Police sergeant pleads not guilty in Prince George's corruption probe

By Maria Glod
Washington Post Staff Writer
Tuesday, November 23, 2010; 11:45 PM

A 22-year veteran of the Prince George's County police accused of participating in a scheme to distribute black-market alcohol and cigarettes pleaded not guilty Tuesday and was ordered released from custody as he awaits trial.

Federal authorities in Maryland allege that Sgt. Richard J. Delabrer, 45, of Laurel and others were paid by a prominent liquor store owner to guard the transportation of untaxed cigarettes and alcohol in Maryland and Virginia.

Prince George Police Cpl. Chong Chin Kim, 42, liquor store owner Amrik Singh Melhi, 51, and four others also have been arrested in connection with the alleged scheme. Each of the seven defendants is charged with conspiracy to commit extortion.

The allegations of liquor and cigarette trafficking are part of a far-reaching corruption investigation in Prince George's that became public this month when federal agents arrested County Executive Jack B. Johnson (D) and his wife, Leslie, federal officials said.

The Johnsons are accused of evidence tampering in connection with a probe into whether Jack Johnson took bribes from a developer. The Johnsons were arrested Nov. 12 after Leslie Johnson allegedly flushed a $100,000 check down a toilet in their home and tried to hide $79,600 in cash in her bra as FBI agents knocked at the door of their home with a search warrant.

Delabrer, who had been in custody since his arrest last week, appeared Tuesday in U.S. District Court in Greenbelt. Prosecutors offered no additional details about the allegations during the hearing, but they said an agreement had been reached to allow Delabrer to stay in his house under electronic monitoring and other conditions.

Delabrer's attorney, James N. Papirmeister, appeared in court with a bag full of Delabrer's family photos, performance evaluations and awards that his client has received over the years, including one for rescuing children from a burning apartment building in 1999.

Delabrer's wife and two of his four children also attended the hearing, Papirmeister said. He said the other two children are in high school.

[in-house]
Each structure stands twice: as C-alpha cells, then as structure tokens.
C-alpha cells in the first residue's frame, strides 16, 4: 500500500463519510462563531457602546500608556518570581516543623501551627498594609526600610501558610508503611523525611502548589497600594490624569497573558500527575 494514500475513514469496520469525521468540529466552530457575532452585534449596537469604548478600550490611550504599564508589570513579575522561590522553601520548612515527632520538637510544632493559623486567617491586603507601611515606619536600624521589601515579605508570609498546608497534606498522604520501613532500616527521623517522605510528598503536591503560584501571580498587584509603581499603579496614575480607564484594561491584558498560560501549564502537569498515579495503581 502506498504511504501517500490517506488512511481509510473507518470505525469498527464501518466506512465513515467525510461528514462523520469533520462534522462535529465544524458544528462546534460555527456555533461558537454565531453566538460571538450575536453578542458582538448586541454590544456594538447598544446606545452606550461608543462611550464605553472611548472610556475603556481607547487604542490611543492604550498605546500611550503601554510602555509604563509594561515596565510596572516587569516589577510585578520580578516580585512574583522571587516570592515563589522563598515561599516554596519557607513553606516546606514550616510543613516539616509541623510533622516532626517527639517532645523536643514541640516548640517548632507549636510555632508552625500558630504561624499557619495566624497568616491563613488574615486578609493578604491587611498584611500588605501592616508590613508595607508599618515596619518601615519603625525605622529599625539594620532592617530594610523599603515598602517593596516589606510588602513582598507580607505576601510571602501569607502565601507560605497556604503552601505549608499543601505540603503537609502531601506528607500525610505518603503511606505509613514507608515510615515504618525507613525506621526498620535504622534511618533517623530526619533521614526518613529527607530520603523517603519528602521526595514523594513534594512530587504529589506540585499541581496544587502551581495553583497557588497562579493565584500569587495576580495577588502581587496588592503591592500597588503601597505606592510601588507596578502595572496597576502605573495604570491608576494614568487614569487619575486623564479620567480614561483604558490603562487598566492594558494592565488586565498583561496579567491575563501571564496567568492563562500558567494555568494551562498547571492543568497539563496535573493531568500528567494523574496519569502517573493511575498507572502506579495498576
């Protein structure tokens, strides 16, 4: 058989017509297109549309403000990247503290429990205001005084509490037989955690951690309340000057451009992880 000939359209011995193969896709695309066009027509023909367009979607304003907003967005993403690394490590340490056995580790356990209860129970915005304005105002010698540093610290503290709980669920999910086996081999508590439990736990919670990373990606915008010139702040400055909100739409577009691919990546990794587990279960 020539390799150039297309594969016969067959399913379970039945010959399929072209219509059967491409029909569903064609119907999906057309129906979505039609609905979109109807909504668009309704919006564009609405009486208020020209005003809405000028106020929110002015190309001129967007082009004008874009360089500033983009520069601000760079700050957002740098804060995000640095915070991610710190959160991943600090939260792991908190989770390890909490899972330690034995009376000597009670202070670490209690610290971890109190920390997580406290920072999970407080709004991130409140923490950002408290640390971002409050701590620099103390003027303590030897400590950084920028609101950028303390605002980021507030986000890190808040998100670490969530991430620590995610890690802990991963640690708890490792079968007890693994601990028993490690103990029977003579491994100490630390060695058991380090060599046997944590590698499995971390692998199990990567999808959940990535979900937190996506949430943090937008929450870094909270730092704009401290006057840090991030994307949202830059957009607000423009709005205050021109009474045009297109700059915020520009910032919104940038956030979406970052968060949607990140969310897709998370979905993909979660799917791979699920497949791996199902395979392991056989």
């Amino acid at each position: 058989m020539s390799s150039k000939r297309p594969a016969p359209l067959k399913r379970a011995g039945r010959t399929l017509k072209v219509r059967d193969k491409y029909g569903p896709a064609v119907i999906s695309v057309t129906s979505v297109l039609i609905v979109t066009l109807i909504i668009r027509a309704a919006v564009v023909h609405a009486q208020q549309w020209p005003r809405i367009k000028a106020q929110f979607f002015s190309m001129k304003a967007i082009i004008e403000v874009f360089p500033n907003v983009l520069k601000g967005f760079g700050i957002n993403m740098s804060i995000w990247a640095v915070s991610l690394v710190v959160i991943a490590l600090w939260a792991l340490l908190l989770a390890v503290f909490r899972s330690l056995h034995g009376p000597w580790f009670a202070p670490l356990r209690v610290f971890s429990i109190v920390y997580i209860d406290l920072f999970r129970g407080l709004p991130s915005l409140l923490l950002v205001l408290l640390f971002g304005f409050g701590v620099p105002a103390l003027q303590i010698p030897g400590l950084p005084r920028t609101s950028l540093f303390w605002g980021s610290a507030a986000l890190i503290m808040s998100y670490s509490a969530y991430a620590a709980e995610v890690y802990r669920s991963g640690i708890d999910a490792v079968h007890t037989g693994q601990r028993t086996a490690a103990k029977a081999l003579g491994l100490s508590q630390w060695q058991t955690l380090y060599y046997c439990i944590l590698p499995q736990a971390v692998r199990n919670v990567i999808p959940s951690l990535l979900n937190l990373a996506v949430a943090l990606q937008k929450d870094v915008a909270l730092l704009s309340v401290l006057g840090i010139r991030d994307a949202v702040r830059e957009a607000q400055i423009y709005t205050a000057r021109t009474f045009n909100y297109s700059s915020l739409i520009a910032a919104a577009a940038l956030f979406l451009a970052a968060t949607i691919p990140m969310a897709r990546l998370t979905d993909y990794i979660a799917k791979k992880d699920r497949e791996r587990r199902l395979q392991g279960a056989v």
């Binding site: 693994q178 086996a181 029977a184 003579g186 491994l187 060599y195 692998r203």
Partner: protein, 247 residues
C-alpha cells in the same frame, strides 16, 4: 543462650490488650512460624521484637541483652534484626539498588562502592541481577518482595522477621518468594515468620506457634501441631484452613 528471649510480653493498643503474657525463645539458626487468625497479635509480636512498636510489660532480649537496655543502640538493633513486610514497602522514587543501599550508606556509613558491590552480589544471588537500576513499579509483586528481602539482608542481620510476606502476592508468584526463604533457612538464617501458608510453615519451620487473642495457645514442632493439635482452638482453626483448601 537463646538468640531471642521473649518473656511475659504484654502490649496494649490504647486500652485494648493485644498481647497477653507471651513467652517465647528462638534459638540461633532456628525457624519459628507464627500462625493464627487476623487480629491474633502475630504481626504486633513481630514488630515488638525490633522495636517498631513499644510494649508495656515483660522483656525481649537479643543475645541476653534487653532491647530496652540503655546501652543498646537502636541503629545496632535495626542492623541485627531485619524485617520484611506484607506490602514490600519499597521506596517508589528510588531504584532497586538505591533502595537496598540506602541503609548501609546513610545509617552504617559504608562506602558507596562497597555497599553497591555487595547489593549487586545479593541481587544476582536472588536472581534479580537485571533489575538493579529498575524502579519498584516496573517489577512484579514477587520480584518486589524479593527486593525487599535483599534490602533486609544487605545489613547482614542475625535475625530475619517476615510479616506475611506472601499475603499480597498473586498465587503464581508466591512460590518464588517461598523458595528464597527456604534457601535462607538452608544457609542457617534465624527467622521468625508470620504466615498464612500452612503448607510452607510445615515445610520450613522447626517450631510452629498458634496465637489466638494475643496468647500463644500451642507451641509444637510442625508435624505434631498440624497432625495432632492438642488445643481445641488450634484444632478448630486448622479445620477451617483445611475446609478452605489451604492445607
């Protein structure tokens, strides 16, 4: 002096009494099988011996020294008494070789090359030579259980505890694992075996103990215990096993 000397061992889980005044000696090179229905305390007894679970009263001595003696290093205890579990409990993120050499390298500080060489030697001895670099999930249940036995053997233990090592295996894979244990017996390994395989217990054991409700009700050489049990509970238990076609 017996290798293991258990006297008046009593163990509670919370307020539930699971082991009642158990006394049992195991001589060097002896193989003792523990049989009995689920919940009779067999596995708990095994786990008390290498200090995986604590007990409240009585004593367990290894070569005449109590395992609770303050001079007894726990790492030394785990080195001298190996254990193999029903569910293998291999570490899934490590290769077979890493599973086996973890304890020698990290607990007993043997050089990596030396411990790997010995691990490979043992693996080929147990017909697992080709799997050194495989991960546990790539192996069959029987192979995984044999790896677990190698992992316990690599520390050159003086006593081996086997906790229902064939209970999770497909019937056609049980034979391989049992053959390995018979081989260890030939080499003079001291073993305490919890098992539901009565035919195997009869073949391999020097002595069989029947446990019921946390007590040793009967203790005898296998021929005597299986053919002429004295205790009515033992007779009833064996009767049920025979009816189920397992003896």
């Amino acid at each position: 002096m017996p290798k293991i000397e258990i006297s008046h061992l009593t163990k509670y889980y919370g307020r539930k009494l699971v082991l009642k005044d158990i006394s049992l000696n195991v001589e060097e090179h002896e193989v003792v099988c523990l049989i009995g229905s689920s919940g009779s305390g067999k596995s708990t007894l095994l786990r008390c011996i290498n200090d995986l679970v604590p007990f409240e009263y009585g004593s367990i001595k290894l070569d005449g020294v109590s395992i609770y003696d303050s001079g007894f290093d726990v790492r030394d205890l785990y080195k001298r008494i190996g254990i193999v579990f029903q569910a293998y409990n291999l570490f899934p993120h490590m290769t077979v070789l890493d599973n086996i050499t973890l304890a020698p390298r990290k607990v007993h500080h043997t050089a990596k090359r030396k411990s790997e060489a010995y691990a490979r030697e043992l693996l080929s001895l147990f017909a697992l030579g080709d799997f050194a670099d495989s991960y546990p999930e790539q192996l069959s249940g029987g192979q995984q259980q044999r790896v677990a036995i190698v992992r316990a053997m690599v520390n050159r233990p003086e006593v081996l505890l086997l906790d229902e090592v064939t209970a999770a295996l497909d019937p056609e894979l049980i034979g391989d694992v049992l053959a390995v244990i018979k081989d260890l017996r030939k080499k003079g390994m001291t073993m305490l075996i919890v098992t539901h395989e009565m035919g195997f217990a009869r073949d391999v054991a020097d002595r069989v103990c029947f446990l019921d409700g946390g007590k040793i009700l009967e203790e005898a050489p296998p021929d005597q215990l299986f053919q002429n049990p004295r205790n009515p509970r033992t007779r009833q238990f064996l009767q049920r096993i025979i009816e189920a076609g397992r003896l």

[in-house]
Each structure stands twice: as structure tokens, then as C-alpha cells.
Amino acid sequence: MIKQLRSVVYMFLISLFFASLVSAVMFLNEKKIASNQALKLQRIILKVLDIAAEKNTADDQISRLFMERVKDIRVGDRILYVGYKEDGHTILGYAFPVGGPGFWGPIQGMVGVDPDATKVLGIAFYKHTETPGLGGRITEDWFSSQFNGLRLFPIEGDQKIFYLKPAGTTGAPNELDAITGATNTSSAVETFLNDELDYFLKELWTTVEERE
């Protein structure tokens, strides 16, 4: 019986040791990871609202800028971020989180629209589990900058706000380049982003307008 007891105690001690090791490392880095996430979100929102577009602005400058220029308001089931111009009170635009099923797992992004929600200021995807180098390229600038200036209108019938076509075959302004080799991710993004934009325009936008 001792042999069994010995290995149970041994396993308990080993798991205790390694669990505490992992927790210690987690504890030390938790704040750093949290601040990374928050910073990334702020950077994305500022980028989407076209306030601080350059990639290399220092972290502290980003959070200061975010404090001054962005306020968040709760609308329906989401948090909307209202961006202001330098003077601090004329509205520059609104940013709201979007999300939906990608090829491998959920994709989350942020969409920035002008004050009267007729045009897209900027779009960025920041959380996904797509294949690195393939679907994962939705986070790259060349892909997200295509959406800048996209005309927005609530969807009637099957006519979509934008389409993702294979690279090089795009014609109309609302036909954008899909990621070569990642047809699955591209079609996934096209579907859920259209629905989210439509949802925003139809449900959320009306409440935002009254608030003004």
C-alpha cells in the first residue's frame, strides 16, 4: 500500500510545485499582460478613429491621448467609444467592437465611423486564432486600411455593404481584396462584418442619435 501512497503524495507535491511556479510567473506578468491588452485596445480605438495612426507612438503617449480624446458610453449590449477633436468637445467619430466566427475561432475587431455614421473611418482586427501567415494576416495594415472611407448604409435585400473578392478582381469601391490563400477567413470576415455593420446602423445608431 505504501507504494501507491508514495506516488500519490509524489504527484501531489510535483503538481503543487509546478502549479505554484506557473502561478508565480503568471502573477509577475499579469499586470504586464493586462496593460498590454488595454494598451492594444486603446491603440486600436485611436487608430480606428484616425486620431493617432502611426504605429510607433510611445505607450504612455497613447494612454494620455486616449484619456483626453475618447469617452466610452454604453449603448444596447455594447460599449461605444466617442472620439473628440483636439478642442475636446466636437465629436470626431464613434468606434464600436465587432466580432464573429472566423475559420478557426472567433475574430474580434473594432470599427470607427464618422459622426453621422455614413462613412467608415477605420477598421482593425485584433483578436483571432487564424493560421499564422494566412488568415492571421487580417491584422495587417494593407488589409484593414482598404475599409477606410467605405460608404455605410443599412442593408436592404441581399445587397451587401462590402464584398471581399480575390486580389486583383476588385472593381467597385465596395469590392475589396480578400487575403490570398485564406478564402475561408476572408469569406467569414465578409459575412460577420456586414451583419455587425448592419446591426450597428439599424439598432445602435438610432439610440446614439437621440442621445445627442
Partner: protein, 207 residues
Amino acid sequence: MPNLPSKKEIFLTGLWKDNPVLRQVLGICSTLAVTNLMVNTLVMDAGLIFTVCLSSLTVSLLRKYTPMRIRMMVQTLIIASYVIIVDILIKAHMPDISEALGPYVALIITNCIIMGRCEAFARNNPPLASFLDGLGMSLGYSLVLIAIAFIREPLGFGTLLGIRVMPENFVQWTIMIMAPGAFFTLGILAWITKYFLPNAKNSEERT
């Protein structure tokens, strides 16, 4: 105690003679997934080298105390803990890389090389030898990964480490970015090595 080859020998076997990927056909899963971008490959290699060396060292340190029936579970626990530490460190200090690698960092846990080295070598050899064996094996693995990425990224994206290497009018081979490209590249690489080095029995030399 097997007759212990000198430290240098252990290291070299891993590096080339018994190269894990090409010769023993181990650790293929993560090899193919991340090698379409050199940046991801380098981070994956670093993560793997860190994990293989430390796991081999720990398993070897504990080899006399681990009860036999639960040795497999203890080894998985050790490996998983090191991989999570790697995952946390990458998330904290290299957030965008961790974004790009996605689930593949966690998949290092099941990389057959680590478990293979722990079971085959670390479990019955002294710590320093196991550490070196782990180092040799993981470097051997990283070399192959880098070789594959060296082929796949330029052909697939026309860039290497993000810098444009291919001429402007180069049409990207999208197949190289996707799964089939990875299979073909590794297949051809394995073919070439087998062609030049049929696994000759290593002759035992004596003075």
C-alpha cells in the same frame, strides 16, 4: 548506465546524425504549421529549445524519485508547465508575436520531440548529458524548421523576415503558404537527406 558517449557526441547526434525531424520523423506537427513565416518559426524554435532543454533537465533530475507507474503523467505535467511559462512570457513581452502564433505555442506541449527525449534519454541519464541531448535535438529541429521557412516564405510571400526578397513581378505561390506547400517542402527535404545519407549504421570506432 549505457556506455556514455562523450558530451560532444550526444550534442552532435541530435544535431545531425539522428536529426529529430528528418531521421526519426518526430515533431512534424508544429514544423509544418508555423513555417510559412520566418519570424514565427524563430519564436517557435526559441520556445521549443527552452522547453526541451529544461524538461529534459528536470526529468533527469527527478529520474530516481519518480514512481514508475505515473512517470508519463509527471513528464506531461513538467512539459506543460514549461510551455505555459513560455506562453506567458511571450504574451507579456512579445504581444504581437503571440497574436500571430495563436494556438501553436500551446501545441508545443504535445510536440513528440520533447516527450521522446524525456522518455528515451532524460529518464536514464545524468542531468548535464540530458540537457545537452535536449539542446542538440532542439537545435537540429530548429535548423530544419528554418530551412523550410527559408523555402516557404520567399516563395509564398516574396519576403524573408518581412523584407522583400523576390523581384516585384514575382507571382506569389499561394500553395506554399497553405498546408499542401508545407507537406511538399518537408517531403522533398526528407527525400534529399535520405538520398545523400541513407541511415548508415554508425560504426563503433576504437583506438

"He has outstanding evaluations consistently. Perfect, no, but most of us in our career are not perfect," Papirmeister said after the hearing. "He was an officer of the year and he's won a bronze medal of valor."

Federal authorities allege in court papers that the scheme to move alcohol and cigarettes had been underway from at least July 2009 and continued until at least January.

Melhi, of Clarksville, owns several liquor stores including Tick Tock Liquor and Restaurant in Langley Park, where Delabrer worked off-duty as a security guard. Federal officials said Melhi paid Delabrer and other officers to use their "official authority" to ensure the untaxed items were moved without a problem.

Melhi and his wife also paid bribes to Prince George's County officials and hid $400,000 in cash in their closet, federal prosecutors said in court Nov. 16, when the Melhis were ordered held without bond.

The indictment seeks the forfeiture of $3.5 million in cash, 25 properties across the region and 13 vehicles. Officials allege the money and property are proceeds of crimes or were used to carry out criminal activity.

Prosecutors have said Melhi and his wife own at least a dozen businesses held in the names of other people. They said the couple have tried to hide their assets.

Another defendant in the alleged liquor scheme, Jose Moreno, 49, of Alexandria also pleaded not guilty Tuesday. Prosecutors did not elaborate on Moreno's alleged role, and a judge ordered him released on electronic monitoring once his family installs a land line in the home.

A police spokesman said Delabrer joined the department in 1988. Kim joined the force in 1994. They have been suspended without pay.

In a separate scheme, authorities say, county police officer Sinisa Simic, 25, of Woodbridge is accused of conspiring to distribute cocaine and using firearms in drug trafficking. A police spokesman said he was hired in 2007.

In a recent court hearing, a federal prosecutor said agents uncovered the cocaine conspiracy while investigating Simic and other officers in connection with the alleged trafficking in cigarettes and alcohol.

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